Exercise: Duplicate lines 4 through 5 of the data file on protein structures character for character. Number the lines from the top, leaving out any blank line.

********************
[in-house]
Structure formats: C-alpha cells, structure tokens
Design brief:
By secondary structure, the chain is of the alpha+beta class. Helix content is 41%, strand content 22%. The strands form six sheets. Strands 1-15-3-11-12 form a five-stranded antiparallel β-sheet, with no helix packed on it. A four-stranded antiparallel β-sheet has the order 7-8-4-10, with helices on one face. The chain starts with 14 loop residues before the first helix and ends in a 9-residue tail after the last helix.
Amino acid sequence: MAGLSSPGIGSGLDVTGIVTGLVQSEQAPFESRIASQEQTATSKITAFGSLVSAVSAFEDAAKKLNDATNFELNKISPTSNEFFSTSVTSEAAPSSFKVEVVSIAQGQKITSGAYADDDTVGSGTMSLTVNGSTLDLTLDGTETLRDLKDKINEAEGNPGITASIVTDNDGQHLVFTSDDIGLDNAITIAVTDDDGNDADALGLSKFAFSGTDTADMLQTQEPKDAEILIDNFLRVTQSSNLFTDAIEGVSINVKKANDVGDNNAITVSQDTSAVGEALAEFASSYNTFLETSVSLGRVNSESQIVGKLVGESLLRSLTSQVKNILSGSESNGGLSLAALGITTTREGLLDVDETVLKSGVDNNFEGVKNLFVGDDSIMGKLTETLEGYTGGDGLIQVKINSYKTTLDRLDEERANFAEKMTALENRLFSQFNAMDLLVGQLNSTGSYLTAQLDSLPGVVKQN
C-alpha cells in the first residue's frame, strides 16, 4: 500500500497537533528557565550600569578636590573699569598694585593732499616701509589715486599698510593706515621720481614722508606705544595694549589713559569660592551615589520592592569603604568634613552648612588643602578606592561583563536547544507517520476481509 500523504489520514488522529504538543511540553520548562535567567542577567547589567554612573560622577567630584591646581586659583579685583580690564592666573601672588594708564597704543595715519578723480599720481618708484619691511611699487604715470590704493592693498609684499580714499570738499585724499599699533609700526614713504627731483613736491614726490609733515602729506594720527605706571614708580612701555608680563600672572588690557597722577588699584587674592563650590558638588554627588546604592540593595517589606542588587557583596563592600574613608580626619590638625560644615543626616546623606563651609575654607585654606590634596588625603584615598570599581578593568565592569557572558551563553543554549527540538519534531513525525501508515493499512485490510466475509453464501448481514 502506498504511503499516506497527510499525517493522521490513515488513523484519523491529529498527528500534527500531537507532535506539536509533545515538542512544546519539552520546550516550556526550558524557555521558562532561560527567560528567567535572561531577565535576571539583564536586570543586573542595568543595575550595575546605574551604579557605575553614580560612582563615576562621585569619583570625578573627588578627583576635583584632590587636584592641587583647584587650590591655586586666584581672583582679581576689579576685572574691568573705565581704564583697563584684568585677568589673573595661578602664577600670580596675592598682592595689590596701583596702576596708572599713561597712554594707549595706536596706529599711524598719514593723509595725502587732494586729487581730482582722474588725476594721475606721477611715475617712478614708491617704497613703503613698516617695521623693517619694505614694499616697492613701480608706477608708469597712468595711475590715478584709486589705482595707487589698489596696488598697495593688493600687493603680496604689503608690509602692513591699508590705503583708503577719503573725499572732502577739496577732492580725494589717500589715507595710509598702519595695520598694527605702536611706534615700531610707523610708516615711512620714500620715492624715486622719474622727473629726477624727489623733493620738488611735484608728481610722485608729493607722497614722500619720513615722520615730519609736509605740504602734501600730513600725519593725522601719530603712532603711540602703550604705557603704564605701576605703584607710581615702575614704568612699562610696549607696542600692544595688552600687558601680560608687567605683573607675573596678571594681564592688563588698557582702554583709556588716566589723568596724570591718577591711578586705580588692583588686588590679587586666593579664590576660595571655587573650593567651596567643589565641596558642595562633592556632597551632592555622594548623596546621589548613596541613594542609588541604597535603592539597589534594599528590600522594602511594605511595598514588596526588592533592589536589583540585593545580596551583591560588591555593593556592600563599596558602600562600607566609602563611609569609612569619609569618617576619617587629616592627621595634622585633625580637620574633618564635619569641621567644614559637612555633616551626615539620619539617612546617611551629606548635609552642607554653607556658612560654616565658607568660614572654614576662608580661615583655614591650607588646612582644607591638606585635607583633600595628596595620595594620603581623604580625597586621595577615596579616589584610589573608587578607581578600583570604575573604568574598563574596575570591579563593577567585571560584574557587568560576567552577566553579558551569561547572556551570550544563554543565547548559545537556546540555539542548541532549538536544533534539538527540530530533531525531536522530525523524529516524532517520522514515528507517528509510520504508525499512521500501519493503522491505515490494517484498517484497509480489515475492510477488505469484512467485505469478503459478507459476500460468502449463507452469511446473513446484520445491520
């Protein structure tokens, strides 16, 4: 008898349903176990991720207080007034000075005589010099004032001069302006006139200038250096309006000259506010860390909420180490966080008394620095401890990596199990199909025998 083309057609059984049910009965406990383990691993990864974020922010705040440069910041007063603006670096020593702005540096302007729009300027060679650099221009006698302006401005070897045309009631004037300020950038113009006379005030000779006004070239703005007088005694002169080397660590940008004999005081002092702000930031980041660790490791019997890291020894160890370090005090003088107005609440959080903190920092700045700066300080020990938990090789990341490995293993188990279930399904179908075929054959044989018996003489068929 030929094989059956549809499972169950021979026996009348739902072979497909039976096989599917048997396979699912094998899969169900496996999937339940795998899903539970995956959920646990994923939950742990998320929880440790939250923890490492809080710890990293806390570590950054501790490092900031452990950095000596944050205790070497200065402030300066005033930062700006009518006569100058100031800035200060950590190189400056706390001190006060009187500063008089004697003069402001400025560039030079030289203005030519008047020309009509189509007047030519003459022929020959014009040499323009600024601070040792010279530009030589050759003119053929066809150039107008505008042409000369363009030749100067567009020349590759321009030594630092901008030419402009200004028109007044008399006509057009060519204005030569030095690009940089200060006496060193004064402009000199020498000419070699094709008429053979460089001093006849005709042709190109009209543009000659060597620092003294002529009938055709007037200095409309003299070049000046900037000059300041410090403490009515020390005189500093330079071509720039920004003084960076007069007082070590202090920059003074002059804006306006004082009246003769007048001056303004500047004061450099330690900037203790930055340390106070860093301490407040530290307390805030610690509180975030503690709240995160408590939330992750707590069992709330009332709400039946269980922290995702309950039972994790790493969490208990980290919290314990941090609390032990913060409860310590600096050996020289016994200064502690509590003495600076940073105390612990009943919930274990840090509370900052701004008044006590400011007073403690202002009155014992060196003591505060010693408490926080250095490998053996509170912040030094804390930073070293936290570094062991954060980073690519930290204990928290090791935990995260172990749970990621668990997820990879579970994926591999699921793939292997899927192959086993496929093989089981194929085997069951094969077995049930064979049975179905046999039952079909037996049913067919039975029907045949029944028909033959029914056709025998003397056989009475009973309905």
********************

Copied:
By secondary structure, the chain is of the alpha+beta class. Helix content is 41%, strand content 22%. The strands form six sheets. Strands 1-15-3-11-12 form a five-stranded antiparallel β-sheet, with no helix packed on it. A four-stranded antiparallel β-sheet has the order 7-8-4-10, with helices on one face. The chain starts with 14 loop residues before the first helix and ends in a 9-residue tail after the last helix.
Amino acid sequence: MAGLSSPGIGSGLDVTGIVTGLVQSEQAPFESRIASQEQTATSKITAFGSLVSAVSAFEDAAKKLNDATNFELNKISPTSNEFFSTSVTSEAAPSSFKVEVVSIAQGQKITSGAYADDDTVGSGTMSLTVNGSTLDLTLDGTETLRDLKDKINEAEGNPGITASIVTDNDGQHLVFTSDDIGLDNAITIAVTDDDGNDADALGLSKFAFSGTDTADMLQTQEPKDAEILIDNFLRVTQSSNLFTDAIEGVSINVKKANDVGDNNAITVSQDTSAVGEALAEFASSYNTFLETSVSLGRVNSESQIVGKLVGESLLRSLTSQVKNILSGSESNGGLSLAALGITTTREGLLDVDETVLKSGVDNNFEGVKNLFVGDDSIMGKLTETLEGYTGGDGLIQVKINSYKTTLDRLDEERANFAEKMTALENRLFSQFNAMDLLVGQLNSTGSYLTAQLDSLPGVVKQN